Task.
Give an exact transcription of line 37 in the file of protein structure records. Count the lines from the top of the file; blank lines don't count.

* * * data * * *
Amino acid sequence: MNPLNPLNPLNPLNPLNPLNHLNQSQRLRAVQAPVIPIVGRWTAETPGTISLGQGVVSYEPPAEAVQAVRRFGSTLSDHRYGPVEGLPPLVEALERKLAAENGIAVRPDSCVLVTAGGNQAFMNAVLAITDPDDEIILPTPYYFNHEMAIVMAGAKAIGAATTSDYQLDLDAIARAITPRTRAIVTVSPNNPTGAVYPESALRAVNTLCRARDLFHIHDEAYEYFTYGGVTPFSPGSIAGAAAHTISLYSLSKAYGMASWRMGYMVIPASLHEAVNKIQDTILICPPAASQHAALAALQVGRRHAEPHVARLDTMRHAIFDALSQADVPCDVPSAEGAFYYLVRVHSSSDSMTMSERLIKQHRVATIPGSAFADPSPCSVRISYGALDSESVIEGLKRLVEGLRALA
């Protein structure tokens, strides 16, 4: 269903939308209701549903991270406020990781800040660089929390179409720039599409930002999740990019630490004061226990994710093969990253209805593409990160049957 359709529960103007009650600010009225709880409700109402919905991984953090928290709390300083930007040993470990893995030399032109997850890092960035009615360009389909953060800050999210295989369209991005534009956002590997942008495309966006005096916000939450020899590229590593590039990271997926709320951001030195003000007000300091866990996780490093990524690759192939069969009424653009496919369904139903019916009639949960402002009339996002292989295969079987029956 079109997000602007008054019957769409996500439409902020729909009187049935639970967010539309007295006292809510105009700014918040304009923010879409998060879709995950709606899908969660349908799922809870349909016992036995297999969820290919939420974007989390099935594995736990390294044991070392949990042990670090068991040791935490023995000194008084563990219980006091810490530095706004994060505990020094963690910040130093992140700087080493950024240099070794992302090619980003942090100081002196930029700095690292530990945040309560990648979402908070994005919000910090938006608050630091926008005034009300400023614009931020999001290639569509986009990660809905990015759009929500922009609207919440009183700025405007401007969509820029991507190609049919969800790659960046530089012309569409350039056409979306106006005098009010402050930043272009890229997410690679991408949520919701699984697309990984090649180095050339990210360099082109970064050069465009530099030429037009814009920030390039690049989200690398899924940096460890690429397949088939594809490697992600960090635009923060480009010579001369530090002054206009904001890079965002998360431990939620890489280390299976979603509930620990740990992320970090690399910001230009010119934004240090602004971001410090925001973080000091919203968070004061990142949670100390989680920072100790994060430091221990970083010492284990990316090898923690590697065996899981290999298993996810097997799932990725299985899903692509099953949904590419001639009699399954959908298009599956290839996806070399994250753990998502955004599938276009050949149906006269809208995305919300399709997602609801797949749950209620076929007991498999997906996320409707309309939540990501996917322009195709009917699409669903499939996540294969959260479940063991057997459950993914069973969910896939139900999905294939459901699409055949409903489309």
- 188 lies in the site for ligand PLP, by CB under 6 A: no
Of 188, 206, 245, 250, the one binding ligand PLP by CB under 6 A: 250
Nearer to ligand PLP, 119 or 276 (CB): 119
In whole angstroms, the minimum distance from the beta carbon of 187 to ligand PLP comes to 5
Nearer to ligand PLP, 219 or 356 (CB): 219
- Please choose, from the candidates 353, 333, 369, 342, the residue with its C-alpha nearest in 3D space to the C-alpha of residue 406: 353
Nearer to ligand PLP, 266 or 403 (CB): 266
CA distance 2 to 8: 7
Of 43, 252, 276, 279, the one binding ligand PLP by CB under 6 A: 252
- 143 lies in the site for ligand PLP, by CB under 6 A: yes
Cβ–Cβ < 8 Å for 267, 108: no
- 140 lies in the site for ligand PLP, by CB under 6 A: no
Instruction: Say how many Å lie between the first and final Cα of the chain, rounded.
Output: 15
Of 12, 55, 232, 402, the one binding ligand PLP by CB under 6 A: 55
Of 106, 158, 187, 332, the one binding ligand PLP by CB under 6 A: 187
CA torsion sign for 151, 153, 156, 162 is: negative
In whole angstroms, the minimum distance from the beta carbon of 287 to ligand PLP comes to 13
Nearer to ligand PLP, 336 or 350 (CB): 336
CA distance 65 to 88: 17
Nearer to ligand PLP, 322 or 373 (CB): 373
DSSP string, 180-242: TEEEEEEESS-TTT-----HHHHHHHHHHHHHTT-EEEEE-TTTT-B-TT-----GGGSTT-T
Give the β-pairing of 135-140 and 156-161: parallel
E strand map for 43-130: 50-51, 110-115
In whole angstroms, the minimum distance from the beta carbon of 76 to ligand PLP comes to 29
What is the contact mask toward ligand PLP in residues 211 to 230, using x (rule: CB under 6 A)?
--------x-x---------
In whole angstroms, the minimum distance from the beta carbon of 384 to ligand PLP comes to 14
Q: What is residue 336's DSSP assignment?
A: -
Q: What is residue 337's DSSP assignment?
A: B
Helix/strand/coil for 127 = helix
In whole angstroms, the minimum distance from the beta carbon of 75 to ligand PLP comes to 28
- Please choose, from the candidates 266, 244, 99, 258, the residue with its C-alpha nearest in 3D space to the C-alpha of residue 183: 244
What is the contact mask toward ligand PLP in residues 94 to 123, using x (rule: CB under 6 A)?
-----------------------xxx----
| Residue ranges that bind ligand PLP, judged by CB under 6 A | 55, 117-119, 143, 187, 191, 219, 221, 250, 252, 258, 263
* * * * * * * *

- Please choose, from the candidates 266, 244, 99, 258, the residue with its C-alpha nearest in 3D space to the C-alpha of residue 183: 244